1. My first track meet in high school was a complete disaster. I originally joined the track team to stay in shape for soccer and planned to only pole-vault which required much less running. The first meet didn’t have pole-vaulting as an event so I was put into 2 races to see what I could do. My first race was the 600 meter. I was placed into a mediocre heat, one which I should have won easily. I went out strong, extremely nervous, tense, and holding my breath a bit. There were 4 laps to this race because the indoor facility was small. To be honest I don’t remember all that much of what happened after the 3rd lap. I remember being ahead of everyone and my friends cheering. Then I remember things getting hazy, and slowing down. Next thing I knew everything went black and then the race was over. My 60 year old coach had pick me off the track and laid me into the high jump mat. I learned a valuable lesson that day about running and about life – Don’t hold your breath.


2. My first day of college was a memorable one. To my delight I had been placed to live in Virginia Hall. I had finite math early the first morning of classes and began on my way to Trinkle feeling hopeful that the day would be a good one. As a Freshman naturally I had no idea where I was going. I have also never particularly excelled at understanding directions. I found myself outside of Jepson at 9:00am, on the completely wrong side of campus. Consulting my printed out, highlighted, and checked twice schedule and trying hard not to cry, I wandered toward DuPont and further off track. At this time I was very distraught, but everyone else was in class by this time because I was so late. I tried to call my roommate Molly but she didn’t answer. I decided that I would walk back the way I came and ask the first person I happened upon how to get to Trinkle. I have never seen campus walk so deserted. On my walk back to Virginia [which I thankfully found with little difficulty] I met no one. By the time I got back to my room it was 9:30 and class was practically over already so I lay down on my bed and cried. I learned an important life lesson that day – get good directions and learn how to use them.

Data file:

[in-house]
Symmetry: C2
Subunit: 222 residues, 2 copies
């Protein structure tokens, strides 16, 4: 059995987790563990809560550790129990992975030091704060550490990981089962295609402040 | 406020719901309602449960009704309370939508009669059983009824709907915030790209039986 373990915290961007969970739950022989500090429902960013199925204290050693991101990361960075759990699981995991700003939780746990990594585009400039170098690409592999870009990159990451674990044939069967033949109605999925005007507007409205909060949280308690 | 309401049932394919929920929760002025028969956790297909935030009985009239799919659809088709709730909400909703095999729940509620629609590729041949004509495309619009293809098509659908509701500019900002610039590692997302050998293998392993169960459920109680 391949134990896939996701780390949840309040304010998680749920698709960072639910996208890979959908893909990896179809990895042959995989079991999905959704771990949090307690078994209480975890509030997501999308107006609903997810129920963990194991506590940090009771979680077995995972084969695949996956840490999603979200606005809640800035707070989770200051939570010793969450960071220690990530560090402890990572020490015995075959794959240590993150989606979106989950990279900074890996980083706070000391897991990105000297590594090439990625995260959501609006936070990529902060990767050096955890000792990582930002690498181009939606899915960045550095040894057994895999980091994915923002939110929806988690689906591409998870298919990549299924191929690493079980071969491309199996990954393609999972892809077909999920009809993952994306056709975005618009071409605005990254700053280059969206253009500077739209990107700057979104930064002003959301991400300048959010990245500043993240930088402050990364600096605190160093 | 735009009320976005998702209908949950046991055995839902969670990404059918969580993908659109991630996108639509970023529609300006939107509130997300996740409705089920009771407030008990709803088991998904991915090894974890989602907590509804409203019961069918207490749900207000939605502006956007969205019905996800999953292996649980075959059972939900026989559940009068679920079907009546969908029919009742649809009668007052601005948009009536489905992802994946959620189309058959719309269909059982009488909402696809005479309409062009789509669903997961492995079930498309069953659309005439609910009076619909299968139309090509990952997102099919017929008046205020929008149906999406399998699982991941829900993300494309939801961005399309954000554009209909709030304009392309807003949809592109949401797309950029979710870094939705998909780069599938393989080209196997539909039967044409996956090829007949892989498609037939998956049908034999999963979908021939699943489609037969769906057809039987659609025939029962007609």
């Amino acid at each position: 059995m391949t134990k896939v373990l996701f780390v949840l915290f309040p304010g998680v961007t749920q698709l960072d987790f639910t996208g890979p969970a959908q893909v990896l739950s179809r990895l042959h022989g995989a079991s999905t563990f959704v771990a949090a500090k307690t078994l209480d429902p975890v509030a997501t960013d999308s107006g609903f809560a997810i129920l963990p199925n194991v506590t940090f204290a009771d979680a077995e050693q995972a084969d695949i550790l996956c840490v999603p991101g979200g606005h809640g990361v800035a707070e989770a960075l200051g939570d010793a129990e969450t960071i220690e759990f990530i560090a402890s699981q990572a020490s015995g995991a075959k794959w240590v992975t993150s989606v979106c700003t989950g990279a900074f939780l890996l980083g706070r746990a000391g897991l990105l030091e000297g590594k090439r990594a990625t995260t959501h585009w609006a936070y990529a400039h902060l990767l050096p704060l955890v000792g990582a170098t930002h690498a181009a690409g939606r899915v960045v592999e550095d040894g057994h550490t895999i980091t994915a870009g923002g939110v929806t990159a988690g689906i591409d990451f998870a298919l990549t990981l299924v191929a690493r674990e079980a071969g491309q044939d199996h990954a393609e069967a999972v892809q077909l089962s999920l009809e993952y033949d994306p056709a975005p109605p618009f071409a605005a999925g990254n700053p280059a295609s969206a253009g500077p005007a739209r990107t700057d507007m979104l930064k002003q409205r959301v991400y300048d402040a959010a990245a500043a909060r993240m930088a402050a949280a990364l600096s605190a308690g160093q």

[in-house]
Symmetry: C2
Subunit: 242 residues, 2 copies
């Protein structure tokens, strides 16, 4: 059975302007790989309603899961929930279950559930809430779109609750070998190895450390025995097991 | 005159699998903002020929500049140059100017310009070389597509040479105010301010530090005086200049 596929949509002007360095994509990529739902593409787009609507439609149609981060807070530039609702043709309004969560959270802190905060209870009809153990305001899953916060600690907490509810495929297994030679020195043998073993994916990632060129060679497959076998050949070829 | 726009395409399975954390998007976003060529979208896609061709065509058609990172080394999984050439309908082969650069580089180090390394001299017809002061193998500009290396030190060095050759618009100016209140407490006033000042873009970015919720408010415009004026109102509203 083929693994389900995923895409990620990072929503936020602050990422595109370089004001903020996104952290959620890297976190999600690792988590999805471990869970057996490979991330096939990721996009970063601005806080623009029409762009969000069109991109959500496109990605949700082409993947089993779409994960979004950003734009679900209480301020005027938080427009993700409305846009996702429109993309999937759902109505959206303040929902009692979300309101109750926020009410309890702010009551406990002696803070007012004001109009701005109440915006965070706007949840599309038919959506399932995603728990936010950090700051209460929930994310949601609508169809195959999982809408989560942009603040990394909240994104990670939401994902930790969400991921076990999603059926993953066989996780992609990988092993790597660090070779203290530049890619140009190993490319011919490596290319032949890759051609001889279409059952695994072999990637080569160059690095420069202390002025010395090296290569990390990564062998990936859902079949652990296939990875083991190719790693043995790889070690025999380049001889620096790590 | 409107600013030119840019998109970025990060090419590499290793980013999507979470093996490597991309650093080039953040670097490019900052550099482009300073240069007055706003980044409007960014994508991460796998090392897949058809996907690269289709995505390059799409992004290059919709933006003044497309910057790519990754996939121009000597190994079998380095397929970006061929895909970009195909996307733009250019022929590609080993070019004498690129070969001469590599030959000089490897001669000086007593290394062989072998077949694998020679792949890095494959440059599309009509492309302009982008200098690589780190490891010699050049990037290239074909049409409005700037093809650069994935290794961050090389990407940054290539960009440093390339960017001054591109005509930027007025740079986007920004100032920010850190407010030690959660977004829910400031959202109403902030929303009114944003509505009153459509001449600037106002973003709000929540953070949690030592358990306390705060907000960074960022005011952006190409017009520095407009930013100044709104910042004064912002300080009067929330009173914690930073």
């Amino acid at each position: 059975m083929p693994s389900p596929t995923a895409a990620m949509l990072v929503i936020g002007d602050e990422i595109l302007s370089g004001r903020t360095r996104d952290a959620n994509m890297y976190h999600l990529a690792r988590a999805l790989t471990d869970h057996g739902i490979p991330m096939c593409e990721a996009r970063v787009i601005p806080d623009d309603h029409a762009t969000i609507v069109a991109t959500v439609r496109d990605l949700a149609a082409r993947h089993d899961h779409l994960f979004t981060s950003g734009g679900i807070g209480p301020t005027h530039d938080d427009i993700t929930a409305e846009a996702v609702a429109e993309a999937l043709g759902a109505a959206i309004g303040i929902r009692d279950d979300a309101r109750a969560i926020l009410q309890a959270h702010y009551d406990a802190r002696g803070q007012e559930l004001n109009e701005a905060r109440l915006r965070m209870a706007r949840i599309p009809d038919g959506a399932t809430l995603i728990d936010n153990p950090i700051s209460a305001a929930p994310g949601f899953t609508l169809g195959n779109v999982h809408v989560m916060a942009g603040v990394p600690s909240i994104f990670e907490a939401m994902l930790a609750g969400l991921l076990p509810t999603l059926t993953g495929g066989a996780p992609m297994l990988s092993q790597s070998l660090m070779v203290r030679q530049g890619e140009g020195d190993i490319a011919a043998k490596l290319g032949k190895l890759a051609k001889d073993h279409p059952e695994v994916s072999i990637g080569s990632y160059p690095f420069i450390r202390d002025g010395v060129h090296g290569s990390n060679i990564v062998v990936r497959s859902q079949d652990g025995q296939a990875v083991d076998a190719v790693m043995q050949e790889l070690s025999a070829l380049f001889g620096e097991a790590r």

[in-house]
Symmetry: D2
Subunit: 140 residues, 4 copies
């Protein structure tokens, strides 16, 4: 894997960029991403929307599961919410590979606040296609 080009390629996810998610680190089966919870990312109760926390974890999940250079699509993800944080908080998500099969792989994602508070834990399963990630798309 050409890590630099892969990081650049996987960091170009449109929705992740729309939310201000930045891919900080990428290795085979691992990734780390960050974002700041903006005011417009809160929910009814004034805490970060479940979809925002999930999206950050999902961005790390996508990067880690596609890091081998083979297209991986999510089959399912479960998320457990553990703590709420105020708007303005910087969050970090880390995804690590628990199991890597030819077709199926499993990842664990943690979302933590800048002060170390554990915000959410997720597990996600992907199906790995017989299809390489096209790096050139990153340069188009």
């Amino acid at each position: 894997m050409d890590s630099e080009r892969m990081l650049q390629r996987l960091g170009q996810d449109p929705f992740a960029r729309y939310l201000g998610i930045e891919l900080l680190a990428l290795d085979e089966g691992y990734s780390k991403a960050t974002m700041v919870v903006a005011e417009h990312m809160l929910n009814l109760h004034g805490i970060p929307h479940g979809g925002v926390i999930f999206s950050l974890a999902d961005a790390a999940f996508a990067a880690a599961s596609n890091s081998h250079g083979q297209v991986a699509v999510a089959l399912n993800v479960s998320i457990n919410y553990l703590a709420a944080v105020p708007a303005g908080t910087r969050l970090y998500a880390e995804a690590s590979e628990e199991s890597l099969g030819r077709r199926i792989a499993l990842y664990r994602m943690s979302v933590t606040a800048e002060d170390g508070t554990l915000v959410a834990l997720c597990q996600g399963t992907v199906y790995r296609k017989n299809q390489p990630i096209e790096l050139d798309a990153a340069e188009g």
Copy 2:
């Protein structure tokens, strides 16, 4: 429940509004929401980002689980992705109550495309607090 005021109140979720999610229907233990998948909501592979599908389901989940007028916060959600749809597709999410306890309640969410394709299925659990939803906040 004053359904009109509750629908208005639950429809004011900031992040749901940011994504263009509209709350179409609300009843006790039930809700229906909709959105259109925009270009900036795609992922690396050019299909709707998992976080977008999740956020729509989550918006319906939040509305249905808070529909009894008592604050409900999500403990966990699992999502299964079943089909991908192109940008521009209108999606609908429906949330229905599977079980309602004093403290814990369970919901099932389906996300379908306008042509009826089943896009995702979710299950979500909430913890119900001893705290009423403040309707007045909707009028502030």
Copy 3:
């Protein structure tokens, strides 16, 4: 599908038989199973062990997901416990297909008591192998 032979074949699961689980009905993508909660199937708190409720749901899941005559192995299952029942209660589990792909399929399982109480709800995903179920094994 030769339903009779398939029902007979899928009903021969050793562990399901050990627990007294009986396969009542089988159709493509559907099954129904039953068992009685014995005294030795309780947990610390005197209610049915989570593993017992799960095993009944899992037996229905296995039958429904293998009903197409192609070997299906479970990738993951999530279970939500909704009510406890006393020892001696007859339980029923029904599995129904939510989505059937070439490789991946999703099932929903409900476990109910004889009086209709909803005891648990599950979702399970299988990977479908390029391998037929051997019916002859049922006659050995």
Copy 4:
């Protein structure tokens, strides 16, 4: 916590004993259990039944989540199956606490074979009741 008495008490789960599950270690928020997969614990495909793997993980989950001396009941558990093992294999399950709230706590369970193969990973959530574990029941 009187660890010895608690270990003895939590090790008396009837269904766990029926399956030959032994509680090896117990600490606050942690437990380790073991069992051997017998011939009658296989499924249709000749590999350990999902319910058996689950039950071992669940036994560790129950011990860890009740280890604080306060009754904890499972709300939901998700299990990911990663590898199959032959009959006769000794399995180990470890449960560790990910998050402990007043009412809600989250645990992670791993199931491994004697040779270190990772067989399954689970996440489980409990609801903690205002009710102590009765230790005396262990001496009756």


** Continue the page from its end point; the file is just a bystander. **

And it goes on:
Chapter 15 Review

October 2nd, 2007

Shenton, James P. and Kenny, Kevin. “Ethnicity and Immigration.” The New American History: Revised and Expanded Edition” ed. Eric Foner. Philadelphia, Temple University Press: 1997. 353-373.

[the above is considered practice with citations… so if its wrong tell me]

Shenton and Kenny discuss how immigration and definitions of ethnicity have evolved as a process since 1790 in America. Along with that they touch on the importance of researching “conflicts over resources, power, and culture between immigrants and the larger society the enter” in helping to define ethnicity. They discuss immigrants places of origins but also focus on how racially or culturally they differ from “Americans” and how they are treated as a result in that society. Overall this review is more focused on numerical evidence and historical background, compiling over 100 sources on the topic and referencing plenty of them.

Shenton and Kenny structured this piece primarily in chronological order from 1790 to present, but also broke it down further into origins of the immigrants. They references on average another work per paragraph of their own writing/compiling. The bibliography is organized conveniently into general information then chronological eras of immigration so that finding the sources they sited was relatively easy to do.